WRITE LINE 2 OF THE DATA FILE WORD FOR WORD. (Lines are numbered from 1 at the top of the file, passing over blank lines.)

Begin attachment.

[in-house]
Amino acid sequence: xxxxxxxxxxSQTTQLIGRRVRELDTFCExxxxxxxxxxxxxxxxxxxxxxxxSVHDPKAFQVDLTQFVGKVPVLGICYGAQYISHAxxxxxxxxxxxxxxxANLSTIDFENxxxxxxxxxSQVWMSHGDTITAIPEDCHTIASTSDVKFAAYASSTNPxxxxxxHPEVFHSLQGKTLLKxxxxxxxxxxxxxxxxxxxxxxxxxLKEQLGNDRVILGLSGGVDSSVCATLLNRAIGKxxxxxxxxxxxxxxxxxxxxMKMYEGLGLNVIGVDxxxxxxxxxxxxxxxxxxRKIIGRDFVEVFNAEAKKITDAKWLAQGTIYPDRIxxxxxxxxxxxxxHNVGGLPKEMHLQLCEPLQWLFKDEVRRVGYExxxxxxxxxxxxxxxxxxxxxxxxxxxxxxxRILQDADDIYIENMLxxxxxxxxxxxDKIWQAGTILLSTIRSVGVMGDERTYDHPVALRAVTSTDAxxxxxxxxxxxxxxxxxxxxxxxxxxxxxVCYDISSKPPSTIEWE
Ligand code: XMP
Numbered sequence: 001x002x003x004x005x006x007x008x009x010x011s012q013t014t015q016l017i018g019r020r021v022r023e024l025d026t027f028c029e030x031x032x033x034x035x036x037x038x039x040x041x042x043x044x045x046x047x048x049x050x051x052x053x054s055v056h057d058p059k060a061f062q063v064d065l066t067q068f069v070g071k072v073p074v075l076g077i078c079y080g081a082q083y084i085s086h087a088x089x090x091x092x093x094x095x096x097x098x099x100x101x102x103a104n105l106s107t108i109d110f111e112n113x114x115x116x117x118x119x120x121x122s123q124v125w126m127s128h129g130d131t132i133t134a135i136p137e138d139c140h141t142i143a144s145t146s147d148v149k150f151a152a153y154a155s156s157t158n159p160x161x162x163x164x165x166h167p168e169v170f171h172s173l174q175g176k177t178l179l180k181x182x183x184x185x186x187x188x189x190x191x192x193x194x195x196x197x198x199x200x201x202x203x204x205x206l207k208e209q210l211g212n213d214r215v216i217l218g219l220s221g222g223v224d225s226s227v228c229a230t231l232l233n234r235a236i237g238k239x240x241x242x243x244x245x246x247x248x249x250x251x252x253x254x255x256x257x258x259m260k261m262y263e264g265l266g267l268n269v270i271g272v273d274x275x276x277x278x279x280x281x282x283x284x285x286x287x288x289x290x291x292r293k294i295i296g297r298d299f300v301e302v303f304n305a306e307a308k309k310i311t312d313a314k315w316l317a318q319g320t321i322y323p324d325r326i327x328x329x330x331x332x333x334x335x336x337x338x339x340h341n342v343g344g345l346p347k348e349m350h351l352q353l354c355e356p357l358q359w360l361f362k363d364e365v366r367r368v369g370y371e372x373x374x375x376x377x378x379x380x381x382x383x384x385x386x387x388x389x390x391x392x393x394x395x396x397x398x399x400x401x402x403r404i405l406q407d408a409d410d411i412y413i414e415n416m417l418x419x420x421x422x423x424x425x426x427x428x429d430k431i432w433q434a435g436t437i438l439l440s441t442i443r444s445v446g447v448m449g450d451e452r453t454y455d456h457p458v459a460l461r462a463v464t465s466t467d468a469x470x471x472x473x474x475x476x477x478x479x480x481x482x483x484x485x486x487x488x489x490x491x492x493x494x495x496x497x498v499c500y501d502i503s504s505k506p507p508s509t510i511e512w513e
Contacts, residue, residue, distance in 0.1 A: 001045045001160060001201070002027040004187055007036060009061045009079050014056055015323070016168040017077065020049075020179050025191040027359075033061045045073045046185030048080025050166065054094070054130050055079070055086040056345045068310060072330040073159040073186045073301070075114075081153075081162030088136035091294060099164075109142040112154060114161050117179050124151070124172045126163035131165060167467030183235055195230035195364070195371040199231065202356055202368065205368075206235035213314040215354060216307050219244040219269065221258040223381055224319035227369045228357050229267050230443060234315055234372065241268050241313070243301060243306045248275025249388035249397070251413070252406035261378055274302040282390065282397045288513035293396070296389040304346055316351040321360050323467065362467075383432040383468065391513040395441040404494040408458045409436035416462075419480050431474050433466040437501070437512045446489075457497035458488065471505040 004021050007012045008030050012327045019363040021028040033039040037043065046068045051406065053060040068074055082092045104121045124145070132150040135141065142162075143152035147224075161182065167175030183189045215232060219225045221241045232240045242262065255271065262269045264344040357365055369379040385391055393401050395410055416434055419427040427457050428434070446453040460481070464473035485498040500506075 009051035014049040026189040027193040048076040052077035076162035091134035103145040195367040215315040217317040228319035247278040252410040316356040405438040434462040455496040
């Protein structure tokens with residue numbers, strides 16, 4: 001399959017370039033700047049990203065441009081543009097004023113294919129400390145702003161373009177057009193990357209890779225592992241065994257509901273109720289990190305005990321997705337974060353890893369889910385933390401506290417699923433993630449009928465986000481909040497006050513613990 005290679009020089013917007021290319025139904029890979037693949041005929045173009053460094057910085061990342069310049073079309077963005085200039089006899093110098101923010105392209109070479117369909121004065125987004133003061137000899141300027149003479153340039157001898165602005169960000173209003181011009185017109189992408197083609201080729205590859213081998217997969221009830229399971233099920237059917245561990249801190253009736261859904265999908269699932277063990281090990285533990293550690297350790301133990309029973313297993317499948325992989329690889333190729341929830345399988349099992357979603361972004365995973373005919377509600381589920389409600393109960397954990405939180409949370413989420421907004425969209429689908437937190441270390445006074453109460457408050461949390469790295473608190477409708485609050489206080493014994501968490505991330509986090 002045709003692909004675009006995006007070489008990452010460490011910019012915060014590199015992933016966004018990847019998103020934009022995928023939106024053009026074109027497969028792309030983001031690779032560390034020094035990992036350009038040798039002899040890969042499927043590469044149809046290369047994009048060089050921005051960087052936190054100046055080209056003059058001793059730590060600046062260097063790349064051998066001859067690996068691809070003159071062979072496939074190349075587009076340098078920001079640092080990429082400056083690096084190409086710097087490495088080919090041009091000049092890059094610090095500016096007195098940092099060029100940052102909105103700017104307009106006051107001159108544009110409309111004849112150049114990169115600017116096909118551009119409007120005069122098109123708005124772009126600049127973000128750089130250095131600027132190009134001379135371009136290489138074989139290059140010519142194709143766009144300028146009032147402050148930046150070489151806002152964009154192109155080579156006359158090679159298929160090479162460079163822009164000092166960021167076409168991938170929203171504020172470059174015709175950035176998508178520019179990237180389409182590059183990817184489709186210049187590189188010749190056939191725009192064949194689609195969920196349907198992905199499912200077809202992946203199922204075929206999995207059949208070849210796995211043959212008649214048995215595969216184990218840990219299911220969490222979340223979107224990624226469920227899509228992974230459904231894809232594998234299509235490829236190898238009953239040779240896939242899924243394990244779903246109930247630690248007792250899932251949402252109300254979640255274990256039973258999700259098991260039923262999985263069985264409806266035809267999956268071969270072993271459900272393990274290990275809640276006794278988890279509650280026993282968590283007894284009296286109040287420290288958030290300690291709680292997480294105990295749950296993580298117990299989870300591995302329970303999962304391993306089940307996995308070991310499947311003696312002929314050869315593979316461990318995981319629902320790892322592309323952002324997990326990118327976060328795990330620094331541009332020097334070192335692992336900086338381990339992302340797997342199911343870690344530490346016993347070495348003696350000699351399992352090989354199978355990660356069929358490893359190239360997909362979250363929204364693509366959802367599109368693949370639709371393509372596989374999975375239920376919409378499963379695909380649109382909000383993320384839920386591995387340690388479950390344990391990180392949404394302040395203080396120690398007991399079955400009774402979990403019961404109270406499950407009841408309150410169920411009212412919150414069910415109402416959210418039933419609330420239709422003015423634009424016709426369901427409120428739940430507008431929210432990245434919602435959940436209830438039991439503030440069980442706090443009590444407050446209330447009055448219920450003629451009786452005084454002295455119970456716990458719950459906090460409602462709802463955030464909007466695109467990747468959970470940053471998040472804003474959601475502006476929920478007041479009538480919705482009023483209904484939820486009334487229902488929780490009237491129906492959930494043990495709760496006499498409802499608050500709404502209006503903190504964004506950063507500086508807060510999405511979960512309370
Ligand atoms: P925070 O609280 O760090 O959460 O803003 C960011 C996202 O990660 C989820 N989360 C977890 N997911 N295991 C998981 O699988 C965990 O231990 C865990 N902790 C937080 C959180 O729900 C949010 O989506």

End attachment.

Amino acid sequence: xxxxxxxxxxSQTTQLIGRRVRELDTFCExxxxxxxxxxxxxxxxxxxxxxxxSVHDPKAFQVDLTQFVGKVPVLGICYGAQYISHAxxxxxxxxxxxxxxxANLSTIDFENxxxxxxxxxSQVWMSHGDTITAIPEDCHTIASTSDVKFAAYASSTNPxxxxxxHPEVFHSLQGKTLLKxxxxxxxxxxxxxxxxxxxxxxxxxLKEQLGNDRVILGLSGGVDSSVCATLLNRAIGKxxxxxxxxxxxxxxxxxxxxMKMYEGLGLNVIGVDxxxxxxxxxxxxxxxxxxRKIIGRDFVEVFNAEAKKITDAKWLAQGTIYPDRIxxxxxxxxxxxxxHNVGGLPKEMHLQLCEPLQWLFKDEVRRVGYExxxxxxxxxxxxxxxxxxxxxxxxxxxxxxxRILQDADDIYIENMLxxxxxxxxxxxDKIWQAGTILLSTIRSVGVMGDERTYDHPVALRAVTSTDAxxxxxxxxxxxxxxxxxxxxxxxxxxxxxVCYDISSKPPSTIEWE